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  1. #1
    Administrator Jean's Avatar
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    May 2006

    Arizona senator seeks immigration deal

    Arizona senator seeks immigration deal
    By JULIE HIRSCHFELD DAVIS, Associated Press Writer
    Wed Apr 25, 3:30 AM ET

    In just a year, Republican Sen. Jon Kyl (news, bio, voting record) of Arizona has transformed from determined opponent of a bipartisan immigration overhaul plan to a key player in President Bush's efforts to enact one.

    The turnabout for Kyl — the No. 3 Republican in the Senate and one of his party's steadiest conservatives — illustrates how dramatically the complex debate has shifted in the wake of the 2006 elections.

    A year ago Kyl was in the midst of a tough re-election race in a border state racked by strong feelings about immigration. He was adamantly opposed to a Senate-passed plan that allowed illegal immigrants a chance at citizenship and created a guest worker program for new arrivals. He called it "critically flawed" and said it put the interests of illegal immigrants before those of American workers.

    Now, Kyl is spending hours virtually each afternoon cloistered in a Senate office with administration officials and Democrats, hard at work on just such a measure.

    A discussion draft floated by the White House recently proposed giving the nation's roughly 12 million illegal immigrants a path to citizenship — albeit a much tougher one than last year's plan — though Kyl and others have called it amnesty.

    His new role in the efforts to strike a bipartisan compromise is heartening to the White House and many Republicans, who view Kyl as essentially a proxy for what most in the party consider tolerable on immigration. But it is deeply disturbing to some liberals. They see Kyl's involvement as an impediment to compromise and a sign that Republicans will insist on a more hardline approach.

    Kyl's presence is equally worrisome to some conservative lawmakers and activists, who fear that if the influential Arizonan embraces a more permissive immigration plan, he could bring many others with him.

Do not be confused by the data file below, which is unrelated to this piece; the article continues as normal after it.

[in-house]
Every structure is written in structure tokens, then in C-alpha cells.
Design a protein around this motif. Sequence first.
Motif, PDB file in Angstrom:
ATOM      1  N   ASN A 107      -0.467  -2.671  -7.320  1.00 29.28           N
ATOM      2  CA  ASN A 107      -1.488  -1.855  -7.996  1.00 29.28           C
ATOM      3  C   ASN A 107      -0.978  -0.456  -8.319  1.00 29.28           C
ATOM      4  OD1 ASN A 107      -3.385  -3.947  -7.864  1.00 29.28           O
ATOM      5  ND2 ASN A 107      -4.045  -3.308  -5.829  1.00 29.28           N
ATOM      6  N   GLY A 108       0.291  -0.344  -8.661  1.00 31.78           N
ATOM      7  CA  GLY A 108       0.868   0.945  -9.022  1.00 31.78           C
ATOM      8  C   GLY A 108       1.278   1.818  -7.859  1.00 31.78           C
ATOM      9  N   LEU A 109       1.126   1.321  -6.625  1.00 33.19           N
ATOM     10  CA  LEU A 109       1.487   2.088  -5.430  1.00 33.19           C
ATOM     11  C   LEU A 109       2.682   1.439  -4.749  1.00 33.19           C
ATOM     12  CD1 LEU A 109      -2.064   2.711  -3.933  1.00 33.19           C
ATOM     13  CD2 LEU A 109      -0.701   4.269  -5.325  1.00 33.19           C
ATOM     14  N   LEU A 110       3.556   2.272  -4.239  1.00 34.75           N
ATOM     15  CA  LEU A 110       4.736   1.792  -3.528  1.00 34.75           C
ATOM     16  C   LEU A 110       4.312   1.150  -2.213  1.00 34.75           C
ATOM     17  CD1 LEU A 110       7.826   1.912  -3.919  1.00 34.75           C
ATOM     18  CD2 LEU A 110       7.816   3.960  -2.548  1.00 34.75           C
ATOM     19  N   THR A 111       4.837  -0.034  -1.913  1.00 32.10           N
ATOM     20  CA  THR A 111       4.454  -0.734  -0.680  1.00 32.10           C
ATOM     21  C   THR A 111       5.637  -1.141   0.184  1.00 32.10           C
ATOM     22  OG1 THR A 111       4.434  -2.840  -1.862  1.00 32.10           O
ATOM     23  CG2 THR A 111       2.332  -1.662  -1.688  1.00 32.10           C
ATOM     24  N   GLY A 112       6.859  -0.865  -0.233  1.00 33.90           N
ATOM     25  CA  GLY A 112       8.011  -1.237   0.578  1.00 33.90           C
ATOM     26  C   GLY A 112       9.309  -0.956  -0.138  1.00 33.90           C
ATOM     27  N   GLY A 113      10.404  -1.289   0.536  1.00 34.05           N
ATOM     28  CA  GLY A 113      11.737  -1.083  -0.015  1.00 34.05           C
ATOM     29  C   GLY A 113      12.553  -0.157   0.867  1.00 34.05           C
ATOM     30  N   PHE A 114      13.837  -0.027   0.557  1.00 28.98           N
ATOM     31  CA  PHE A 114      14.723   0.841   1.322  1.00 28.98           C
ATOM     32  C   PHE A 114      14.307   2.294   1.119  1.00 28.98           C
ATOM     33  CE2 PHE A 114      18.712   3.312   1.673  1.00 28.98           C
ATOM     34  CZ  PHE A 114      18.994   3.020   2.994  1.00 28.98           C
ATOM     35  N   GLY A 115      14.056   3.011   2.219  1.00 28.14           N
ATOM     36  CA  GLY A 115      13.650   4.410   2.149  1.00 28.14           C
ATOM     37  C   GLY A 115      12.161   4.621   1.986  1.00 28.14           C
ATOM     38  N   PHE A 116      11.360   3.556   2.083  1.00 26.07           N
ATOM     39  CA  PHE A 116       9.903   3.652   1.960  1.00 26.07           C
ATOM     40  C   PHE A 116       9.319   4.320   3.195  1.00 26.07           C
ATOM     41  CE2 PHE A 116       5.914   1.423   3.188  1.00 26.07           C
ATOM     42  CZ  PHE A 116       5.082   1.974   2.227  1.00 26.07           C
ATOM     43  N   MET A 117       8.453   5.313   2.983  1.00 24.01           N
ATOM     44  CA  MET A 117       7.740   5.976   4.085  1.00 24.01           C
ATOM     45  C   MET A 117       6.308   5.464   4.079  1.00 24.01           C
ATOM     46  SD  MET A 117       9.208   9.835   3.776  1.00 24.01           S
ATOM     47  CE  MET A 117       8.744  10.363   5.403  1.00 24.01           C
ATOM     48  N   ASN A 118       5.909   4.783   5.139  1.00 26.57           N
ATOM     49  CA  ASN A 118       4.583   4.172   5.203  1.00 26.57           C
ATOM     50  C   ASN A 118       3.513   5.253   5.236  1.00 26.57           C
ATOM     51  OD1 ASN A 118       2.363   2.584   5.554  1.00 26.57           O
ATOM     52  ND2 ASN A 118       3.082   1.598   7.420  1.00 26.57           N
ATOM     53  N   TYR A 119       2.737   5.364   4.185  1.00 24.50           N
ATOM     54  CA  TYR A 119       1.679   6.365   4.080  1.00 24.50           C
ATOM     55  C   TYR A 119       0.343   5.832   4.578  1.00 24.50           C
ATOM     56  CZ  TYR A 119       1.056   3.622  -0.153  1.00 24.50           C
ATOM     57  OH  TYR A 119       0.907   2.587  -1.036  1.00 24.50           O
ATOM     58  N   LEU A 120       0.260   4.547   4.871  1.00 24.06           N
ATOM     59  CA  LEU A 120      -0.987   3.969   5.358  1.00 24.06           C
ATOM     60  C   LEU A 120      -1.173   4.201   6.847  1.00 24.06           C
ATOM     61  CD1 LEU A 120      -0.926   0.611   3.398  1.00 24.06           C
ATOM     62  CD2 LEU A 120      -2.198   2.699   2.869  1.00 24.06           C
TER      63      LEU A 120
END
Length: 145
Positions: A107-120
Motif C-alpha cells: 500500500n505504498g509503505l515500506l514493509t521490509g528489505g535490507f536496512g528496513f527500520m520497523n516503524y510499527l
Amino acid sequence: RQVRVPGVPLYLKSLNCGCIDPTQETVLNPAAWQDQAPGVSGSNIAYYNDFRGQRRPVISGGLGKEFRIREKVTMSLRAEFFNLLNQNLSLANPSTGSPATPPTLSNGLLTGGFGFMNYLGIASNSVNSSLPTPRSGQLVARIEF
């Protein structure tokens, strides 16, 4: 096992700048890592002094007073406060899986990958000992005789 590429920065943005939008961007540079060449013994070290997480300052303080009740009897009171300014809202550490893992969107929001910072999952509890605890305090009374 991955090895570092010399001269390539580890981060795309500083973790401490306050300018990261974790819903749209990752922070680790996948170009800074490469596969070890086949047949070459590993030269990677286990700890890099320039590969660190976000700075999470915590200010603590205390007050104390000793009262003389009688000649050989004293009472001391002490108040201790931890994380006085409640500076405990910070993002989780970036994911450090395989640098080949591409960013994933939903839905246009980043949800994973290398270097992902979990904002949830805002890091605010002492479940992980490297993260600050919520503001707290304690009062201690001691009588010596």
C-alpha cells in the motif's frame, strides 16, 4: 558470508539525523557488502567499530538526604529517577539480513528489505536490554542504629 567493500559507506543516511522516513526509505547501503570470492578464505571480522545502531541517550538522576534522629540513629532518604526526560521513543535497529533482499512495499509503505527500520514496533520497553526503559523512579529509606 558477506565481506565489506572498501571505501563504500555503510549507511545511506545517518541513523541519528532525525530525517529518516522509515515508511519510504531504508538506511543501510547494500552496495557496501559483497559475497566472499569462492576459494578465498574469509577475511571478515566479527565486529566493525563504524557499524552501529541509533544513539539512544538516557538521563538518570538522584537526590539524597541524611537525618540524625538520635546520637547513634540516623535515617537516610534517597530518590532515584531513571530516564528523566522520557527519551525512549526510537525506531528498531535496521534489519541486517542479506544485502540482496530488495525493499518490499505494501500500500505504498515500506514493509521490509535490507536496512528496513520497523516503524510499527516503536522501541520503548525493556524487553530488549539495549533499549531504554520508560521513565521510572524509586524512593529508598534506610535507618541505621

Kyl says his position hasn't changed since last year, when he sought unsuccessfully to toughen the 2006 measure and at one point warned its supporters that American workers would someday demand to know, "How could you have let this happen?"

    With no election pressures this year, he argues that there's room for a more conservative immigration measure.

    "People were not in a negotiating mood last year. There wasn't time. Everything was political, and it was very difficult to get anyone to even think about making compromises," Kyl said in a brief interview. "We have a chance to make it better than it was last year."

    Kyl and a majority of Republicans ultimately broke with Bush to vote against the bill that the Senate passed last May. It died in the House, where GOP conservatives instead pushed tough border-security measures.

    Now Kyl says his goal is to "create a bill that is more in tune with a majority of the Republicans in the Senate."

    The White House draft circulated last month appears heavily influenced by Kyl and other conservatives whose support Bush sees as vital to a deal.

    Illegal immigrants could stay in the U.S. and work after paying fines, but they would have to go home, endure long waits, and pay penalties as high as $10,000 to have a crack at citizenship. It would be more difficult for them to bring family members to the United States, and new temporary workers couldn't do that at all.